Navigating the IRS Guidance on Unemployment Compensation Exclusion: Tara's Tax Tips

Navigating the IRS Guidance on Unemployment Compensation Exclusion: Tara's Tax Tips

Hello, fellow taxpayers! I'm Tara Fisher, your trusted tax expert from Vishal, here to guide you through the recent IRS guidance on unemployment compensation exclusion under the American Rescue Plan Act of 2021 (ARPA). Whether you've already filed your return or not, this information is crucial for maximizing your tax benefits. So, let's dive into the details and explore the new Unemployment Compensation Exclusion Worksheet together.

Understanding the Unemployment Compensation Exclusion

Under normal circumstances, unemployment compensation is considered part of a taxpayer's total income. However, the ARPA introduces a significant change. It allows individuals to exclude the first $10,200 of unemployment compensation from their 2020 income, provided their modified adjusted gross income for 2020 is less than $150,000. If you're filing jointly, each spouse receiving unemployment compensation gets a $10,200 exclusion.

Now, let's address the two scenarios: for those who have already filed a return and those who haven't.

For Those Who Have Already Filed a Return

ARPA came into effect after many taxpayers had already filed their returns, creating a dilemma. The IRS advises against filing amended returns for the tax advantages of the exclusion. Instead, the IRS will recompute your taxes using the unemployment compensation exclusion and adjust your account accordingly. Any resulting refund will be sent directly to you.

For Those Yet to File a Return

If you haven't filed yet, the IRS provides clear guidance on reporting the unemployment exclusion separately. Report it as a deduction on Form 1040, Schedule 1, Part 1, line 8, labeled "Other Income."

When you receive Form 1099-G showing your total unemployment compensation for 2020, report this amount on Form 1040, Schedule 1, Part 1, line 7. Some states issue separate Forms 1099-G for state unemployment compensation and the additional $600 per week from federal unemployment compensation; combine these amounts.

Understanding the IRS Guidance on Deductions and Exclusions

The IRS guidance extends beyond the unemployment exclusion itself. The total unemployment compensation reported on line 7 impacts various deductions and exclusions, including:

  • Taxable social security benefits
  • IRA deduction
  • Student loan interest deduction
  • Nontaxable amount of Olympic or Paralympic medals and USOC prize money
  • Exclusion of interest from Series EE and I U.S. Savings Bonds
  • Exclusion of employer-provided adoption benefits
  • Tuition and fees deduction
  • Deduction for active participation in a passive rental real estate activity

Contributions to a governmental unemployment compensation program or governmental paid family leave can reduce the amount reported on line 7 if you aren't itemizing deductions. If you repaid an overpayment of unemployment compensation in 2020, subtract that amount from the total and note it next to line 7.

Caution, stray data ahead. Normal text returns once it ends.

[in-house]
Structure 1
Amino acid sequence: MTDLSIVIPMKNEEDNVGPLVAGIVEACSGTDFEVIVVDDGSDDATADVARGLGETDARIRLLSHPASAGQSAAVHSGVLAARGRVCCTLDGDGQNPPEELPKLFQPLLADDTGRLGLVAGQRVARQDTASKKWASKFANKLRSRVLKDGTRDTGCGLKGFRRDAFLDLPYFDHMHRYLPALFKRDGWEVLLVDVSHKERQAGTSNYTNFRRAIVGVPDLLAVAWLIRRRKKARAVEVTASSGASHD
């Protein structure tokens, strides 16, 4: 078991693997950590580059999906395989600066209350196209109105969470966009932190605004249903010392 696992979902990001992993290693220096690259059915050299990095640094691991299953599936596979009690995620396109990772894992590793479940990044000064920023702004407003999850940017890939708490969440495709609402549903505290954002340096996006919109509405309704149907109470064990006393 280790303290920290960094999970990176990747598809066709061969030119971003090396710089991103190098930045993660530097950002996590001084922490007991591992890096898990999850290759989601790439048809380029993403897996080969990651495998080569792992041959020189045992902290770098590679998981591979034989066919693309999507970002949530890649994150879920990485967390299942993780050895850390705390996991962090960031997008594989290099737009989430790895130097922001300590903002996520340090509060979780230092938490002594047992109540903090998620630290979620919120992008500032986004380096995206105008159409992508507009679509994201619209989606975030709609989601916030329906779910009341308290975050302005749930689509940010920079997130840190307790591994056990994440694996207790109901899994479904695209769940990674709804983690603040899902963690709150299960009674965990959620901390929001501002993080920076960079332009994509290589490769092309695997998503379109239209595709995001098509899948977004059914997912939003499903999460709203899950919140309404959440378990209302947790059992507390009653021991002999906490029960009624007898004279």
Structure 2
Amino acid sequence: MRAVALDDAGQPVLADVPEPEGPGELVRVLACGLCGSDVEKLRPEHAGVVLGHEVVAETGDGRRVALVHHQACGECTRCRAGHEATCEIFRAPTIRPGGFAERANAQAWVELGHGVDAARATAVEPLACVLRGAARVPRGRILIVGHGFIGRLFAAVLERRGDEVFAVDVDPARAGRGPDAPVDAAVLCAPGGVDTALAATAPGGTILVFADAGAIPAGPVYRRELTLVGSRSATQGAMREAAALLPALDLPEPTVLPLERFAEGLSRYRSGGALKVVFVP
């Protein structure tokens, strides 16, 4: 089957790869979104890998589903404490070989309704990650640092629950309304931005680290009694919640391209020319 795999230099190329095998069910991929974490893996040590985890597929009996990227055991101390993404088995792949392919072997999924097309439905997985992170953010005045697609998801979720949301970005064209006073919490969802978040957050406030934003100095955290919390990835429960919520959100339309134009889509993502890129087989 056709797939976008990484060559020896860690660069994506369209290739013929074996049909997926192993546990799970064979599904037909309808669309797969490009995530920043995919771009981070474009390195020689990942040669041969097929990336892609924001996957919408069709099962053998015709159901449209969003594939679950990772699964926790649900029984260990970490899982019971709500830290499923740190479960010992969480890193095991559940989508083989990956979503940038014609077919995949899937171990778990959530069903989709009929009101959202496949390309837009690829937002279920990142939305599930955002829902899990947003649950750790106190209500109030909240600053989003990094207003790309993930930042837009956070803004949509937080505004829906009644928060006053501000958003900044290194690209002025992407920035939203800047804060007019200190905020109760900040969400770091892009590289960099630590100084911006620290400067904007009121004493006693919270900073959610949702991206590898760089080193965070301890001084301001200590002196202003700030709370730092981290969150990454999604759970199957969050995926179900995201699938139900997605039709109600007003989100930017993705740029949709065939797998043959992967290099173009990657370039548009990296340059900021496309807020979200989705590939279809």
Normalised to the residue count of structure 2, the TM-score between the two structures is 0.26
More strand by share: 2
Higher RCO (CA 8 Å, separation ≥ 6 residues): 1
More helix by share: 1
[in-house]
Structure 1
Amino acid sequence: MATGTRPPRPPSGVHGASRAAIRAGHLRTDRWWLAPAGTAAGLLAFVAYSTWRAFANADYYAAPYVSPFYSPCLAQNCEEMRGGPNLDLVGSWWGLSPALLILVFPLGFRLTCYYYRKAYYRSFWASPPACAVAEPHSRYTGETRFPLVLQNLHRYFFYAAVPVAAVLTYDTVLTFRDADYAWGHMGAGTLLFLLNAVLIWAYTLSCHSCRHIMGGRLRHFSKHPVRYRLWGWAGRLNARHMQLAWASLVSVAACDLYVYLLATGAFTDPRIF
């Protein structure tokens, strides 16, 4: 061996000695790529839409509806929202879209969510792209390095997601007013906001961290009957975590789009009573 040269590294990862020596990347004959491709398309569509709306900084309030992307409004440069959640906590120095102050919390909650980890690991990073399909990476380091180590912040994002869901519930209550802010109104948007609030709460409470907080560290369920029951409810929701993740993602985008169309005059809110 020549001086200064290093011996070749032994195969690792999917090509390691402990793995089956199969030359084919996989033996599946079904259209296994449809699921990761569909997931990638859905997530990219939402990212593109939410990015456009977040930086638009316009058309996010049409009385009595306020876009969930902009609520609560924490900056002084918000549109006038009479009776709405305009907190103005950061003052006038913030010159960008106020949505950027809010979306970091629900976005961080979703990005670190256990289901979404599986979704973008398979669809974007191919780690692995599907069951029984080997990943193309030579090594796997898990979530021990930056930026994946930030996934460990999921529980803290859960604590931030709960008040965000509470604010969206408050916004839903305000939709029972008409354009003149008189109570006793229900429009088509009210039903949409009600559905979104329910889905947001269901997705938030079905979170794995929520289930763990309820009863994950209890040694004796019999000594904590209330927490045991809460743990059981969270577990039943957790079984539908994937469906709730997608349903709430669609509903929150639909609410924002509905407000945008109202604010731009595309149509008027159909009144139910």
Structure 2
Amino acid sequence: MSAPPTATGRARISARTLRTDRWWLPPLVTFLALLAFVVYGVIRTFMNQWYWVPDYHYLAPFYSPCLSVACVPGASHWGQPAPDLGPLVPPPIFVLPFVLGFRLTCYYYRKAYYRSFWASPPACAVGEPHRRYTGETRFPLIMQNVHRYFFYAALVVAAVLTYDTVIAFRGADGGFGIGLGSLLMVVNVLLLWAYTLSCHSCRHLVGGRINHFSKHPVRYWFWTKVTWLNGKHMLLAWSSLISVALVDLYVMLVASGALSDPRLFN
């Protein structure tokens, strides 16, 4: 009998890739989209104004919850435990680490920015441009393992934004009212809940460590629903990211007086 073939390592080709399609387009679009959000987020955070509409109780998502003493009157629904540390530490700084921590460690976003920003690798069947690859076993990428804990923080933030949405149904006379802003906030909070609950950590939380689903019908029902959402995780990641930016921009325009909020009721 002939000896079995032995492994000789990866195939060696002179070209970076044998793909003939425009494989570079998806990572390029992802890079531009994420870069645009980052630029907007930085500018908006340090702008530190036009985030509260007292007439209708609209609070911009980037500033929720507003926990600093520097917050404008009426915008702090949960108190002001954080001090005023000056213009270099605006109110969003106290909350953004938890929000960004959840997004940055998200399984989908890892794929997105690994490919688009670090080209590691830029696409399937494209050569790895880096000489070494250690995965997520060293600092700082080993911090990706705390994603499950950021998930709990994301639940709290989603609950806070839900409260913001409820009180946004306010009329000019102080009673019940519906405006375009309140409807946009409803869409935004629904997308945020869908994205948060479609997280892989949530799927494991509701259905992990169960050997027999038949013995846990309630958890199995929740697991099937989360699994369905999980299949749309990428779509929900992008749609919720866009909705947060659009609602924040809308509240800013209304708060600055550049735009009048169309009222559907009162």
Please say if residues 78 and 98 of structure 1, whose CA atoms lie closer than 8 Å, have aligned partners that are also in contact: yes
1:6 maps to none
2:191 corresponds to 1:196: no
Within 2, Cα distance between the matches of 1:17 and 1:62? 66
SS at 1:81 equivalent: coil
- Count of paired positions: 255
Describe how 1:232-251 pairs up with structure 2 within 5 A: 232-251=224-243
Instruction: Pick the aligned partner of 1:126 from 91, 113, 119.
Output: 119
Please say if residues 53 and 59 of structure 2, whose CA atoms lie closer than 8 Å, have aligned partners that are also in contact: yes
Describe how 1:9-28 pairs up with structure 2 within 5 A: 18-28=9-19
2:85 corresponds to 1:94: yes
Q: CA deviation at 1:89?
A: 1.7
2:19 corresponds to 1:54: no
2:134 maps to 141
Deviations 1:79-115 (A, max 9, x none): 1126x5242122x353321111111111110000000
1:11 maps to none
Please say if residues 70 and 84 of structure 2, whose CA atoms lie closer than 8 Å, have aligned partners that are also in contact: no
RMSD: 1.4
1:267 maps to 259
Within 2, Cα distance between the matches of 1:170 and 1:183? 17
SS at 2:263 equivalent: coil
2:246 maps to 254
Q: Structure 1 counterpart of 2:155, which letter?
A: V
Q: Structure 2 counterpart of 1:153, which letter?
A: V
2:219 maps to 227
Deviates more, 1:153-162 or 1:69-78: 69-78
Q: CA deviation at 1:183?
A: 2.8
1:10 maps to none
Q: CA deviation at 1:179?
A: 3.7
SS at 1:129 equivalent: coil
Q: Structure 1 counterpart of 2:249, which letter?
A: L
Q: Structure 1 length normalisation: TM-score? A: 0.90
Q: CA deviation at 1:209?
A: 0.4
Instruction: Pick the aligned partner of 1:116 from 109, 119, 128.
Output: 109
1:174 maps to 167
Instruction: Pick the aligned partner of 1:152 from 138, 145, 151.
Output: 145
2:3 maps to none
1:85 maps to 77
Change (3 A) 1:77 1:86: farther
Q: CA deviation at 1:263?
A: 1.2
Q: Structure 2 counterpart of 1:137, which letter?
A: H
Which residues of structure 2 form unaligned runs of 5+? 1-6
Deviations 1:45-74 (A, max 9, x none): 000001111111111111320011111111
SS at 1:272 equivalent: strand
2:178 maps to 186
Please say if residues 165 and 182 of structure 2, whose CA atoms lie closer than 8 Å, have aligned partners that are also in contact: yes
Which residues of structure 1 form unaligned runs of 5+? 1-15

Introducing the Unemployment Compensation Exclusion Worksheet

To assist taxpayers in computing their modified gross income and the exclusion amount, the IRS has introduced the Unemployment Compensation Exclusion Worksheet. Here's a step-by-step guide:

  • Enter the total of lines 1 through 7 of Form 1040 or 1040-SR (or lines 1a, 1b, and 2 through 7 for Form 1040-NR).
  • Enter the amount from Schedule 1, lines 1 through 6, excluding any unemployment compensation from Schedule 1, line 7.
  • Use the instructions to determine the amount to include on Schedule 1, line 8, without reducing it by the unemployment compensation exclusion.
  • Add lines 1, 2, and 3.
  • Enter the amount from line 10c (for Form 1040 or 1040-SR) or line 10d (for Form 1040-NR).
  • Subtract line 5 from line 4; this is your modified adjusted gross income.
  • If the amount on line 6 is $150,000 or more, you can't exclude any unemployment compensation.
  • Enter the amount of unemployment compensation paid to you (up to $10,200) and your spouse if filing jointly.
  • Add lines 8 and 9; this is the excluded amount.
  • Subtract line 10 from line 3 and enter the result on Schedule 1, line 8. If it's less than zero, enter it in parentheses. On the dotted line next to Schedule 1, line 8, write "UCE" and show the exclusion amount in parentheses.

Staying Informed for Accurate Tax Preparation

Keeping abreast of IRS updates is crucial for accurate tax preparation, and understanding the nuances of unemployment compensation exclusion is no exception. Tara Fisher, with over 20 years of tax experience, emphasizes that the information provided here is for informational purposes only and not tax advice. For personalized advice, consult a tax advisor who can guide you based on your specific situation.

Stay tuned to the Vishal blog for more insights into the latest tax updates that matter to you. And for a deeper dive into ARPA tax provisions, check out John Stevko's recap.

Remember, the world of taxes is ever-evolving, and staying informed is your key to navigating it successfully. Happy tax season!

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